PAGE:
Jet Modern: Chicago, Vol. II

Posted on: September 23rd, 2009 by Guest Writer

 

Graceland Cemetery - view from the entrance looking towards Mies' grave (not visible).

Graceland Cemetery - view from the entrance looking towards Mies' grave (not visible).

On my second day in Chicago, in addition to taking a walking tour of the city and visiting the cemetery where Mies is buried, I spent a great deal of time going through the city with Grahm Balkany. While I took too many pictures to post from the road, I have tried to include some from major Chicago landmarks like the Illinois Institute of Technology campus and the Dirksen Federal Courthouse, among others. Aside from exploring the presence of Mies et al. in Chicago, some of the just great buildings in the city, and a disturbing tend in Chicago to raze mid-century public housing, we also met to discuss the Gropius-designed Michael Reese Hospital.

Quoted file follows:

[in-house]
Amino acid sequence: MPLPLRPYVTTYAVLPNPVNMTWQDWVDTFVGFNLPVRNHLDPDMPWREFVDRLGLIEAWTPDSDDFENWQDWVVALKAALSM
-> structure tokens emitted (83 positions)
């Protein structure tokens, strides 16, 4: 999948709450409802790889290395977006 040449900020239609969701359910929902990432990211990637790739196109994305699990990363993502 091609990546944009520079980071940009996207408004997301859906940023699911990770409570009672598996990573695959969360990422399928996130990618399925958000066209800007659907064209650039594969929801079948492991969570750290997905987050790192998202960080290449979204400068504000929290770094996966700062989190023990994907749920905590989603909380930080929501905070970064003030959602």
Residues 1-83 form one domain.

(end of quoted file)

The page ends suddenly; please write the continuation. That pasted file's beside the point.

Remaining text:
The hospital complex presents an unusual opportunity to save a campus-sized body of work by a renowned architect. More than the preservation opportunity, there is a clear potential for reuse, especially as the city of Chicago now owns the property and is attempting to raze the hospital and many surrounding buildings in preparation for its bid to host the 2016 Olympics. The replacement structures would displace a significant number of people, reroute roads, alter green space, and miss an important opportunity to harness the embodied energy in the hospital complex buildings. Shockingly, the proposed new construction would be athlete dormitories, facilities that could easily be retro fit into the hospital buildings (at least one of which was a dormitory).